McKinsey: Using Logistics To Meet Testing Demands
Testing is considered a crucial aspect for tackling and containing the COVID-19 pandemic, but constraints surrounding the supply of diagnostic equipment is significantly hindering a vast majority of countries still struggling with the virus.
As one of the largest natural crises ever to hit the world, the outbreak of the coronavirus has presented numerous challenges that the majority of countries have found difficult to mitigate. Molecular assays, a technology that focuses and identifies the viral genetic materials and detects the presence of the virus within an individual, and immunoassays, which work to focus on identifying and detecting antigens or antibodies, are the two main types of COVID-19 testing.
As the method which is widely regarded as the test which is most able to detect active infections, molecular-assay testing requires a number of lab-based resources to meet demands. The United States currently has the capacity to carry out approximately three and a half million molecular assay tests every week, which is significantly below the number required to tackle the pandemic - which currently sits at roughly six million tests per week with a partially reopened country.
The supply of tests needs to be increased dramatically before scientists and doctors can have any hope of meeting the needs of the world. The main obstacles standing in the way of delivering laboratory testing equipments are sample collection, test execution, testing-capacity management, logistics and data management.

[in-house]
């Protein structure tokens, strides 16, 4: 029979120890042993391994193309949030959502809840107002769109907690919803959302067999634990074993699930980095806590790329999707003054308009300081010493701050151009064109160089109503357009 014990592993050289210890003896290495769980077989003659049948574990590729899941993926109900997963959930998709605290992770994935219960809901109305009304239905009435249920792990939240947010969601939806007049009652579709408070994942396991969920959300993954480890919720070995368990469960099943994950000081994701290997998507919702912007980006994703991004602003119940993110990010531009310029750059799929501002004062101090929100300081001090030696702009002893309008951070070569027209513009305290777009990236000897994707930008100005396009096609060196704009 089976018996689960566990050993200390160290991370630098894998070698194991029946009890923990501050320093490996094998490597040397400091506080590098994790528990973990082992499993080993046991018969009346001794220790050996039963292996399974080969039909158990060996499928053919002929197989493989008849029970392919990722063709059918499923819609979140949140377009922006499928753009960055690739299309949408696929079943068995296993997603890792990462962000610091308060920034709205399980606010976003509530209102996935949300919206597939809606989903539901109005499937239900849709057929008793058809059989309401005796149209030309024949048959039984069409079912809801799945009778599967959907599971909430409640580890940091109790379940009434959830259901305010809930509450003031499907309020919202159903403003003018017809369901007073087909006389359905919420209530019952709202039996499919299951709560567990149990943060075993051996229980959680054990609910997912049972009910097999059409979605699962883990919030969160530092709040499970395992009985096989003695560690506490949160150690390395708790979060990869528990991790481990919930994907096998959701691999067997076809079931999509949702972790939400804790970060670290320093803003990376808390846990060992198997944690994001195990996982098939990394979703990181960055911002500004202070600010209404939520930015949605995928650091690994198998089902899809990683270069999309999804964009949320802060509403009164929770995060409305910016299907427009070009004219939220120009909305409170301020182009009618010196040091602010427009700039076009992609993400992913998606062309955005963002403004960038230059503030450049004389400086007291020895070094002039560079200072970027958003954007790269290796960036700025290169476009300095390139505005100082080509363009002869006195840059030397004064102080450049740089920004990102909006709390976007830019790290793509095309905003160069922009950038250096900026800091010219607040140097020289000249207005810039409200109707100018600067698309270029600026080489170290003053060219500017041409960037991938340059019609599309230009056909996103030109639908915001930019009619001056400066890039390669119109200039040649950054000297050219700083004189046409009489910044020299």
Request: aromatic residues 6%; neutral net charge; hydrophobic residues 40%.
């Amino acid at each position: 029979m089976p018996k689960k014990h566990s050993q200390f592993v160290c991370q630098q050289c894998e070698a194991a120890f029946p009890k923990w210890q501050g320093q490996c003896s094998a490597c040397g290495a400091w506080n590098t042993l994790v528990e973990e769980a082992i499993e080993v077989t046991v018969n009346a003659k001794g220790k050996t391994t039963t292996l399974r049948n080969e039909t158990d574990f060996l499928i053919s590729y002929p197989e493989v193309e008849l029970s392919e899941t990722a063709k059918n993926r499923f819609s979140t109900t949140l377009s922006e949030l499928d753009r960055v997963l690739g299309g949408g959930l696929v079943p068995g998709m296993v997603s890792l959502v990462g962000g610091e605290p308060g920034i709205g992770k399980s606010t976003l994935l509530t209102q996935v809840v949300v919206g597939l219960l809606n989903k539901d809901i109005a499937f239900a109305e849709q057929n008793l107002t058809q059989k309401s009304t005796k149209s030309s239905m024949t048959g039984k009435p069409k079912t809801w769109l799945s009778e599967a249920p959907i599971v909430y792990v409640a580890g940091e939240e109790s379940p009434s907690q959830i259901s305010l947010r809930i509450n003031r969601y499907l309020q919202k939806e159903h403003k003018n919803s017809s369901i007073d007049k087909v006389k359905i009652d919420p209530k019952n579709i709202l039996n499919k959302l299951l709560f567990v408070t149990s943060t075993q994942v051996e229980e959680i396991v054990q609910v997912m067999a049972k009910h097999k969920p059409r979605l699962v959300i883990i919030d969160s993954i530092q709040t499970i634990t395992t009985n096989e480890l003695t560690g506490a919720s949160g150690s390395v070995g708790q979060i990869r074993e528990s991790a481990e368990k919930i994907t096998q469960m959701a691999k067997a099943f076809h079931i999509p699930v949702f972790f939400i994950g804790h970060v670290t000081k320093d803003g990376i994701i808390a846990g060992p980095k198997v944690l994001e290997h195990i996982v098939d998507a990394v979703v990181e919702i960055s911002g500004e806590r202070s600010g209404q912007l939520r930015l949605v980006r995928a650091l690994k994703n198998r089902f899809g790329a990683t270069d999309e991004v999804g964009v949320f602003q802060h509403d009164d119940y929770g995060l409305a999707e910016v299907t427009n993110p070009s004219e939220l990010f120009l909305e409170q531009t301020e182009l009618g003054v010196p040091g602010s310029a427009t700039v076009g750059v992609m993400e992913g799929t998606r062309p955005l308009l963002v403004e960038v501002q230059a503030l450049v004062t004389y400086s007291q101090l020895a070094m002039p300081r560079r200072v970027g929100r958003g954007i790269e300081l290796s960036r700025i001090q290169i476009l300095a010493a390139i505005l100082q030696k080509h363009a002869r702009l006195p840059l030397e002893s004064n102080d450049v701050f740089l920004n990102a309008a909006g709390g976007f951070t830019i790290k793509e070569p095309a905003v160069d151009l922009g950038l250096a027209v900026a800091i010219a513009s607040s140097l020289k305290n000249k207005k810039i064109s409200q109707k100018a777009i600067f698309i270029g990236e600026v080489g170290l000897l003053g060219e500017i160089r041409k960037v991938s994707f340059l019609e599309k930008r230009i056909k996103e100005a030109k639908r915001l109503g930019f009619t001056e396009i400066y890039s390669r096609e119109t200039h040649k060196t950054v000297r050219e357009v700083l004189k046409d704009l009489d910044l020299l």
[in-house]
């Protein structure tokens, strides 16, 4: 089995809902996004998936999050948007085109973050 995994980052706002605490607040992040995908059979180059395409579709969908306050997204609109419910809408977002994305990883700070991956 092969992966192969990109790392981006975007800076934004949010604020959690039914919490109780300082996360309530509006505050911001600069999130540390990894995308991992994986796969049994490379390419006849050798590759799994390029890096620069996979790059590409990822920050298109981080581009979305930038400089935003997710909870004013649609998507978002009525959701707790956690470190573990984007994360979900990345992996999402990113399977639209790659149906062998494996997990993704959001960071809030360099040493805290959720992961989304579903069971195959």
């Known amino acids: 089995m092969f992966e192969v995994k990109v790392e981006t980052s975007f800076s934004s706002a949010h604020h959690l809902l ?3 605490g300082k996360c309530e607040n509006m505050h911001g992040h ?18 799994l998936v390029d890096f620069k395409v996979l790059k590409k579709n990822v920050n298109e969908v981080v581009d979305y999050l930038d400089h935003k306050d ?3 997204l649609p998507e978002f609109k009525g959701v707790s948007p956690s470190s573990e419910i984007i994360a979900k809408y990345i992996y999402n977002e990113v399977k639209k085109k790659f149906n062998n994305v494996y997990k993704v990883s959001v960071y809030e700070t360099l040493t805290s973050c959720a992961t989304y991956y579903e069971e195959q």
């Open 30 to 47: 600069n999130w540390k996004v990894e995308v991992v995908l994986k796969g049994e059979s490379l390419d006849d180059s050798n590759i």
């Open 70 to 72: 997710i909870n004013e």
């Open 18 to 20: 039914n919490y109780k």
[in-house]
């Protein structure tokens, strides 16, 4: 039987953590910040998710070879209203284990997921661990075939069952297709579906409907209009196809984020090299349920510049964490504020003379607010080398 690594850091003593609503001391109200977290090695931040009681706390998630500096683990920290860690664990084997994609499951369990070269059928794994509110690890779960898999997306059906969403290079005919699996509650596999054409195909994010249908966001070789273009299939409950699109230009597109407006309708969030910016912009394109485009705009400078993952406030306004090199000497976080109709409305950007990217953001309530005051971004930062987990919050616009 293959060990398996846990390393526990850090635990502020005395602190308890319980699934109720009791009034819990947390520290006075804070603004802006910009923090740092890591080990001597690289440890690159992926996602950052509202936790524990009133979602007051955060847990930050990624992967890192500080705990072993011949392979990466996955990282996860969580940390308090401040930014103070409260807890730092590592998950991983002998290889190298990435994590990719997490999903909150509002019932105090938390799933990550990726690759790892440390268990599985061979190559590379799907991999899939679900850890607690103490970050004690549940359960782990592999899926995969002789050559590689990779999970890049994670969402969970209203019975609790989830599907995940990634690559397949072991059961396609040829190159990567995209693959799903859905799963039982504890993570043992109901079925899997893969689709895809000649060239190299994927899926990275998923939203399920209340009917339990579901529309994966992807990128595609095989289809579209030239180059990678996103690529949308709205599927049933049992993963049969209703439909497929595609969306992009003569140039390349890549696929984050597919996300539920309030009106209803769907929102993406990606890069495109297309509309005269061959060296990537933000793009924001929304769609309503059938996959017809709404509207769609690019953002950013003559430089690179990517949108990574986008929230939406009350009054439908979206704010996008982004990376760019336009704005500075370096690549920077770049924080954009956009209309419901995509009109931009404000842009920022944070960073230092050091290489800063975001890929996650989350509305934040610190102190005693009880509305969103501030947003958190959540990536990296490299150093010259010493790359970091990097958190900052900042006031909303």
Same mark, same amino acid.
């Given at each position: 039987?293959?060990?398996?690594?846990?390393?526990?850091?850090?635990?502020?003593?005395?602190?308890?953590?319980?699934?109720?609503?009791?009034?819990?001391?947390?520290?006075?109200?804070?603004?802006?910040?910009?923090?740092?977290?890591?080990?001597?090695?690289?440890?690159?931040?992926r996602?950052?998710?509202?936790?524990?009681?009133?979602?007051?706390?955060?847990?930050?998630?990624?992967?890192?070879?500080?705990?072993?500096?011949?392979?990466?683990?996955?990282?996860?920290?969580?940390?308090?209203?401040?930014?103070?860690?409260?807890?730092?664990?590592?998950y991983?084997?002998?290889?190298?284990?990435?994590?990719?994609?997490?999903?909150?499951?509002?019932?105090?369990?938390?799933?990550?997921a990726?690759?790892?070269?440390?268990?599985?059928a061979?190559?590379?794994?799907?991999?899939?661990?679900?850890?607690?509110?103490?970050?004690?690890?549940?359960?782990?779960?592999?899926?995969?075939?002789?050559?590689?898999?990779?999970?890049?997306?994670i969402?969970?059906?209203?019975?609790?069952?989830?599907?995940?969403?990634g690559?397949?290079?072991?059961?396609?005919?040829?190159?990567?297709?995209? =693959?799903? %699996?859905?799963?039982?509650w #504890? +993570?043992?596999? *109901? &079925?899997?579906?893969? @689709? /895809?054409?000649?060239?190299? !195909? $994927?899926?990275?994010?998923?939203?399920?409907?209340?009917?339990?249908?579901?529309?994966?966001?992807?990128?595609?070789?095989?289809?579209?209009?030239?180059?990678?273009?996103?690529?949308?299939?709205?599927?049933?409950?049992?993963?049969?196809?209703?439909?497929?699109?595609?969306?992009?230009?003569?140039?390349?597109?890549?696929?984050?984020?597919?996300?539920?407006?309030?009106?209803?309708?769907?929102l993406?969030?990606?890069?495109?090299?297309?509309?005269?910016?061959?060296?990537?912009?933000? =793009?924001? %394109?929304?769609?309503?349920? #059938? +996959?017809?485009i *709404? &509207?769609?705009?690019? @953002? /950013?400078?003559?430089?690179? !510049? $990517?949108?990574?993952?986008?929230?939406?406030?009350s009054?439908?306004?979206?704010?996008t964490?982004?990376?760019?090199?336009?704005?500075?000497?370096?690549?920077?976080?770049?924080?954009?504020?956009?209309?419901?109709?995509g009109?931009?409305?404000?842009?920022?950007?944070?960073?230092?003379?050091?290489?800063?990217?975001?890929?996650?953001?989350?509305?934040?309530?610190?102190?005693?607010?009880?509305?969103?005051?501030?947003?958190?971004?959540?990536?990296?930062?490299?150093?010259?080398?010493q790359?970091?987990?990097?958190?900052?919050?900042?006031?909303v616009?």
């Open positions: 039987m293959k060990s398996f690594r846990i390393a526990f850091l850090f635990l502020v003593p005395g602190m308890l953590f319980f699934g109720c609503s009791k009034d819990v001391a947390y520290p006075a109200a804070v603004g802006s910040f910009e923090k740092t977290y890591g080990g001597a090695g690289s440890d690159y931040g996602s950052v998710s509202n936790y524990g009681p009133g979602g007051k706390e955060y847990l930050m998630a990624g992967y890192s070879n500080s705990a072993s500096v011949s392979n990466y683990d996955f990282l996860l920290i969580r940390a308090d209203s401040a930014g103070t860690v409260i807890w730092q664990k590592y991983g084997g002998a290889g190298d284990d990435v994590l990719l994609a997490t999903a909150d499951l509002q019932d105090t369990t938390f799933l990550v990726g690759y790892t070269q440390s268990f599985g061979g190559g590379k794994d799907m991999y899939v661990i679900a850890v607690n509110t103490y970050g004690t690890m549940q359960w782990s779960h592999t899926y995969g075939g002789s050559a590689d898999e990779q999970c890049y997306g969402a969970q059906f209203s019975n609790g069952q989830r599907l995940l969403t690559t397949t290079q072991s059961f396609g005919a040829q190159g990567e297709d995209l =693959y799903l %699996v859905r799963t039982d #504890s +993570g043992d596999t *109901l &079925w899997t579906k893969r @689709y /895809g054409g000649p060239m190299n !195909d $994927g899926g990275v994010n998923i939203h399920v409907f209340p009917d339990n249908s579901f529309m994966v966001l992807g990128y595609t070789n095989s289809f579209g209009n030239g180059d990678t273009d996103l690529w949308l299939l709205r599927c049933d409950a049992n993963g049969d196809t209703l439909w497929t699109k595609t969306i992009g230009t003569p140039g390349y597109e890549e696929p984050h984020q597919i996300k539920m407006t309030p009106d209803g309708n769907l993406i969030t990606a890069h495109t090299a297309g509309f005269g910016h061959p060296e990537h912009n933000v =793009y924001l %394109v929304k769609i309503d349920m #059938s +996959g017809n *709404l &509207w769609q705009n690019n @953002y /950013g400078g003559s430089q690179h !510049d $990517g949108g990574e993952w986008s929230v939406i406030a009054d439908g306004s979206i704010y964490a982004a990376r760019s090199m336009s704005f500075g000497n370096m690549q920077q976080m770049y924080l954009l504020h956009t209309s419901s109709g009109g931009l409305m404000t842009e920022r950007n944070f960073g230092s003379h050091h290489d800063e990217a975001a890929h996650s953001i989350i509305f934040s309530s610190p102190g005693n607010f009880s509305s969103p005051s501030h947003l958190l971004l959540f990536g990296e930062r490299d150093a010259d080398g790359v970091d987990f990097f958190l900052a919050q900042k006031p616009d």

Logistics companies, as they have done throughout a number of natural crises and issues throughout history, stand to play a crucial, essential role to successful testing. The supply chain has never been so important, with shipments of components from sources to different locations around the world, from laboratories to hospitals, effective management of logistics must be done right.
The transportation of samples, from the beginning of their journeys at the collection point, right through to the end result in laboratories, is also important to get right. Without the efficient, successful deliveries of these essential goods, labs will be incapable of meeting the worldwide testing targets, which could eventually, potentially, amount to 20 million every day.
Whilst not the largest obstacle standing in the way of identifying cases, logistics is still problematic and could become more of a challenge for countries attempting to improve detection, as demand will continue to rise exponentially and pressure will be constantly added.